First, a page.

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Art offers uncertainty, museum official tells Stanford graduates
STANFORD -- Those who doubt the importance or power of art need only look to recent American politics, art historian Kirk Varnedoe said in his commencement address at Stanford University Sunday, June 14.
Support for the arts "is close behind sexuality and reproductive rights as a symbolic battleground on which issues of our national purpose, our collective morality and tolerance are being contested," said Varnedoe, who is director of the Department of Painting and Sculpture at the Museum of Modern Art in New York City.
"I generally take it as a rule of thumb," Varnedoe said, "that anything that comes in a close third behind existence and sex clearly merits some attention."
Debates about the "rights and powers of the creative imagination" have pulled apart some once closely associated pairs like art and culture, he said. "Culture is now a positive - even better, a fundable - term of entitlement and solidarity (the more cultures the better), while art has become a four-letter word, suggestive of the dirty doings of some deviant elite."
Politicians with a variety of ideologies "are busy these days warning you that imagined worlds - from Mapplethorpe to Murphy Brown, and from rap music to Romantic poetry - will enslave your thoughts, determine your politics or morals, and guide your deeds in some specific way, for good or evil," Varnedoe said.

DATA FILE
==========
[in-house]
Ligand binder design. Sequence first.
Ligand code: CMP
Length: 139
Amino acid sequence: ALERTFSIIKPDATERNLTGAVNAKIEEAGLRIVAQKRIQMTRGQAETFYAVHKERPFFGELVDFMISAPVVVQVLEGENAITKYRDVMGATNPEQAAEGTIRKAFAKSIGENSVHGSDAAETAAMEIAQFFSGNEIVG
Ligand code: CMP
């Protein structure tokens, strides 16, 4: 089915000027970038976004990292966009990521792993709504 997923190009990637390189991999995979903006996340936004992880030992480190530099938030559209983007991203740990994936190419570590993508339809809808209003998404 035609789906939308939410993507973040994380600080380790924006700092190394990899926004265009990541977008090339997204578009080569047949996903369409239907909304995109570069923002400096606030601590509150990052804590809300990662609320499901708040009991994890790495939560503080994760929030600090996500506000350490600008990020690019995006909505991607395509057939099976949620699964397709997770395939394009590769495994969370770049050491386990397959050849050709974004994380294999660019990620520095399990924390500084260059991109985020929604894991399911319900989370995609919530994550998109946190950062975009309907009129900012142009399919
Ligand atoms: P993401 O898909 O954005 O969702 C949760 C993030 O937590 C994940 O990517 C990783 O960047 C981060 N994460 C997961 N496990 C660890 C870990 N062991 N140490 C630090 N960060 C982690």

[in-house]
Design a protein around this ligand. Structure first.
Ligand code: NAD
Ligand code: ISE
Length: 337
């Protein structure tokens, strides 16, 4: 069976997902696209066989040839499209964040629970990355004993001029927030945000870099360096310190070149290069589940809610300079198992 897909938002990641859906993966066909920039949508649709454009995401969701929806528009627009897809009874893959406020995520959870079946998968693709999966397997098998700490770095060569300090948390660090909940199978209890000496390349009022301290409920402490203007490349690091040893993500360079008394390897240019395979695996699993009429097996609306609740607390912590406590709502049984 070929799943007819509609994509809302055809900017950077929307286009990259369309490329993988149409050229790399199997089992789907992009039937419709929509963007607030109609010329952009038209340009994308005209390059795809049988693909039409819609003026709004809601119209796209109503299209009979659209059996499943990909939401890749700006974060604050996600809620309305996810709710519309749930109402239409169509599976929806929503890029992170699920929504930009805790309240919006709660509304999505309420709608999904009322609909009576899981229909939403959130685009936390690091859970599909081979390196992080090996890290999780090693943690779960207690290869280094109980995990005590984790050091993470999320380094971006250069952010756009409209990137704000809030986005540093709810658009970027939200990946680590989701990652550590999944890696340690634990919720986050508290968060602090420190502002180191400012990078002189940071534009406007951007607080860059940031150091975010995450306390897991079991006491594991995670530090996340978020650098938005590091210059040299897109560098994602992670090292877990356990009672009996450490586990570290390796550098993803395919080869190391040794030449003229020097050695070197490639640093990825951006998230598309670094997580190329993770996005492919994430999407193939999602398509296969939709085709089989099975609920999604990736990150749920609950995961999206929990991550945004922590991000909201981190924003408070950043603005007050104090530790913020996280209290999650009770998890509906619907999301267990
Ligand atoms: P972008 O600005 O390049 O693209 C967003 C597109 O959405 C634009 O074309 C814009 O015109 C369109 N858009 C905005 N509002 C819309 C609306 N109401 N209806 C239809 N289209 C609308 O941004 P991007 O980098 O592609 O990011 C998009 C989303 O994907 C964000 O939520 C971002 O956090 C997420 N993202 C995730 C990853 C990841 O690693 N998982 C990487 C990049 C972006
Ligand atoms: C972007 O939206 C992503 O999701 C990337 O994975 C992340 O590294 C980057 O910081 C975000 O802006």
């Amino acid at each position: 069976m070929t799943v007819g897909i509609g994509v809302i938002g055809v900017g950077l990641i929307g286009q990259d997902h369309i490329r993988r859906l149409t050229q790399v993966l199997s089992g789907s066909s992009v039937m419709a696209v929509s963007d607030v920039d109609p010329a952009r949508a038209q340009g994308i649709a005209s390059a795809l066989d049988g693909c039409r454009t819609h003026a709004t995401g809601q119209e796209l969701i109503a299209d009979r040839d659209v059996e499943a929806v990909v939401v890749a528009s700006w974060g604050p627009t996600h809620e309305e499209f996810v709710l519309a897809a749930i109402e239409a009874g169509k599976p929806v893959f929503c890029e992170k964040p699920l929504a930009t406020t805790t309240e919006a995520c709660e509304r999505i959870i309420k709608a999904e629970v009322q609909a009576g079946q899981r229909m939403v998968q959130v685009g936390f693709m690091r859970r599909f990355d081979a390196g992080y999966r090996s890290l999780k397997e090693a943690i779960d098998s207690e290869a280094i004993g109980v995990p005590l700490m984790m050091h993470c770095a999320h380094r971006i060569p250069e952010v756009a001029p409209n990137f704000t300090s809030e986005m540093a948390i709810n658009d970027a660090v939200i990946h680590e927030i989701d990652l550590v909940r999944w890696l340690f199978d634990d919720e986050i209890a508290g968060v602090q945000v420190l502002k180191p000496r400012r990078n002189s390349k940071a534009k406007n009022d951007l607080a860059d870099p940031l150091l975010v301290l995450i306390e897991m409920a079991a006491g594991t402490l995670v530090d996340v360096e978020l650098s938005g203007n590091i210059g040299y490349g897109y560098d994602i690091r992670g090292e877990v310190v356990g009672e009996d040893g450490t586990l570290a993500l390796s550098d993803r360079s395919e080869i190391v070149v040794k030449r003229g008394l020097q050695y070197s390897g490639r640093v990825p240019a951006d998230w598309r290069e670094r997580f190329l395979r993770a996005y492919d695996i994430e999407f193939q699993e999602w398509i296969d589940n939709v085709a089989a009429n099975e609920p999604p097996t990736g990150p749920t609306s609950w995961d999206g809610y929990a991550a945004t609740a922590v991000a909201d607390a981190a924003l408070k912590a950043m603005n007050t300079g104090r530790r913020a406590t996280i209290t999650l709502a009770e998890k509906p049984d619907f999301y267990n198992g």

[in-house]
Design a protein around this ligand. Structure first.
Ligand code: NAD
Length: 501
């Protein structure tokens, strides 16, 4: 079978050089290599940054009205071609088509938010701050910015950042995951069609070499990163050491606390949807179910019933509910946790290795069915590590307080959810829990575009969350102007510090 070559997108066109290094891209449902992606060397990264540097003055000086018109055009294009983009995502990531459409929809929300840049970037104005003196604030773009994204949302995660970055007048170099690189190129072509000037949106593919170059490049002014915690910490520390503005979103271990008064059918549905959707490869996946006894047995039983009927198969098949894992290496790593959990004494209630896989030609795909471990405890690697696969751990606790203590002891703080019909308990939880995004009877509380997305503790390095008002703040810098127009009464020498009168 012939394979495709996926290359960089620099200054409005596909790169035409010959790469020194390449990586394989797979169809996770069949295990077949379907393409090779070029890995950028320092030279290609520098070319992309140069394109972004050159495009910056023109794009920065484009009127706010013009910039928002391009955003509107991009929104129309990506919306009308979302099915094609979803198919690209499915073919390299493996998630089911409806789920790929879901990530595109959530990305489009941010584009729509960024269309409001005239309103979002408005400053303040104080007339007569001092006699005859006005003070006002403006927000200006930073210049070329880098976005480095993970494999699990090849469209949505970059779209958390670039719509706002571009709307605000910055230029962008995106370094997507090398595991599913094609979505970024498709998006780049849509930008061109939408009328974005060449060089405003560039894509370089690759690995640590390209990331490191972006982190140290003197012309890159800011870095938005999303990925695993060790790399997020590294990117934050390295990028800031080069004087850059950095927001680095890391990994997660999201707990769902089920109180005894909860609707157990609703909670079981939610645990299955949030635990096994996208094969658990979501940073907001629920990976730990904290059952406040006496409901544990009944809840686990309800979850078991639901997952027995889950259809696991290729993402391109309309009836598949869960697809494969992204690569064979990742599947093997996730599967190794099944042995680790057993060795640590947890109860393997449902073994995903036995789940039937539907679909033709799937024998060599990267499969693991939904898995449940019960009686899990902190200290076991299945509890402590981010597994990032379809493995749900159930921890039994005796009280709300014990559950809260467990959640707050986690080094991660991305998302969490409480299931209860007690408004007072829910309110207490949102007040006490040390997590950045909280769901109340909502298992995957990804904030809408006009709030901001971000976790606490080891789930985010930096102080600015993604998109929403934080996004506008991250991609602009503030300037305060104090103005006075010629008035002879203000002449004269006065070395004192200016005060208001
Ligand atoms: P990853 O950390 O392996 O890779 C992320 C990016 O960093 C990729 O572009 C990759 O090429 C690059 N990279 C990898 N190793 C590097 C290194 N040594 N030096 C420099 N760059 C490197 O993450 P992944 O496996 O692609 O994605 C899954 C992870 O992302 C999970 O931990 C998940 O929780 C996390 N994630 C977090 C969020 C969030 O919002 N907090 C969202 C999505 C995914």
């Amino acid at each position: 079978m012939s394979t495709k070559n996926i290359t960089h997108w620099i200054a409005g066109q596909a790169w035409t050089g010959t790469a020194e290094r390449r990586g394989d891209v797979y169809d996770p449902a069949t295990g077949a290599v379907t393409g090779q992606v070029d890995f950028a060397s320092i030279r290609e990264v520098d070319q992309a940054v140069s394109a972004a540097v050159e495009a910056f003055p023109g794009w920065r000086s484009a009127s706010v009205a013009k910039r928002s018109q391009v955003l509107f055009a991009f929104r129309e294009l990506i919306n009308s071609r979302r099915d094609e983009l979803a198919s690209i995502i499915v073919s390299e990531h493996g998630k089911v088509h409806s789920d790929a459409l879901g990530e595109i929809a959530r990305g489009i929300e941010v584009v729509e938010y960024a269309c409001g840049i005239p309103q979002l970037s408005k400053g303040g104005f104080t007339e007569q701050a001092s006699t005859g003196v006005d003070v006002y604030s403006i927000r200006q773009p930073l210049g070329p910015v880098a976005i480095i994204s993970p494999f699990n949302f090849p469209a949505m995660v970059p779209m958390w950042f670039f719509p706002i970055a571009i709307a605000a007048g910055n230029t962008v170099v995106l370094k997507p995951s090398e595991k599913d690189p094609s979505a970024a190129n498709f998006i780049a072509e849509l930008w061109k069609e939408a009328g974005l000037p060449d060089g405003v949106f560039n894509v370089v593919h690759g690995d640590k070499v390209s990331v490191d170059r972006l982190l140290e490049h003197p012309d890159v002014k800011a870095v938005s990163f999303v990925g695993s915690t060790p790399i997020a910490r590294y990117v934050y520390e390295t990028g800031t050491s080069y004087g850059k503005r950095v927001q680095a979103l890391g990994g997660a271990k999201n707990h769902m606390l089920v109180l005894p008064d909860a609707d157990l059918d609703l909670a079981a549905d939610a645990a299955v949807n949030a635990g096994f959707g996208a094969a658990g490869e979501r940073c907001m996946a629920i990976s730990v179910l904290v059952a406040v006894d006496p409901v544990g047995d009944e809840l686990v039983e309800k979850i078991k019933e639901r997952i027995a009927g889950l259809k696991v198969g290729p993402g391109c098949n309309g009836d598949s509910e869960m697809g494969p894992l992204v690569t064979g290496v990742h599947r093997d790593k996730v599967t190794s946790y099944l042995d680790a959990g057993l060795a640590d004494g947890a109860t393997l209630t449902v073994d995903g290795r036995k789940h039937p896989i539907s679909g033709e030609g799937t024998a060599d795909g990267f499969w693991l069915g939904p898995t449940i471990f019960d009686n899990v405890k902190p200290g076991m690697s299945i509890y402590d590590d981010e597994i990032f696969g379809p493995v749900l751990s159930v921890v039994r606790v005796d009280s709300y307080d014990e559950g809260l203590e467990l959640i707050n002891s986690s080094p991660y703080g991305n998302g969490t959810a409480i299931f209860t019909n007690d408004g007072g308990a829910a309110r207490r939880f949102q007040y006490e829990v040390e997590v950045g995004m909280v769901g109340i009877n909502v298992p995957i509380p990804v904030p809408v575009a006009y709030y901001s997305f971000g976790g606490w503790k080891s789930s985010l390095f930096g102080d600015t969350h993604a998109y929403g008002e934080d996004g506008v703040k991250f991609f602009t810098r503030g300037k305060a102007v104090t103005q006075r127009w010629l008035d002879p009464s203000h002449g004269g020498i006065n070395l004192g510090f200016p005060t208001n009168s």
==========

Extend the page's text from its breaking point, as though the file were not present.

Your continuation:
"But art's strong suit is not delivering specific messages and inciting concrete deeds," he said. "Art may instead be at its most powerful - and most uncomfortable for authoritarians of all stripes - when it orchestrates perplexity, fails to conform to what you already know, and instead sends you away temporarily disoriented but newly attuned to experience in ways that are perhaps even more powerful, because they are vague, rogue and indeterminate."
Modern art, Varnedoe said, offers the radical idea that "living with uncertainty and open-endedness" can produce a sustaining, soul- satisfying culture.
From Picasso's scrambled faces to Andy Warhol's soup cans and beyond, Varnedoe said, the history of modern art has been a "recurrent pattern of impertinent individual acts of imagination . . . which produced the broadest conceivable changes in our way of looking at and thinking about the world, and in the way we represent life to ourselves."
One of art's critical functions, both for individuals and for society, is to propose new worlds, Varnedoe said. Even more crucially, "art can make you pay attention to things you take for granted, make what you think you know be strange to you, and thereby change your relation to life's actualities and its possibilities."
Without this transformed understanding, he said, "you may remain deaf to music that might resonate with you, blind to forms that might become the touchstones of your vision, and pass through your life without living it."
Education is a never-ending process, Varnedoe concluded. He advised the graduates to "think of the formal education you've had so far, the diploma you're about to receive, as being sort of like the seat of your pants: You can rest on it, or just use it to cover your butt, but you use it best and most artfully when you fly by it."
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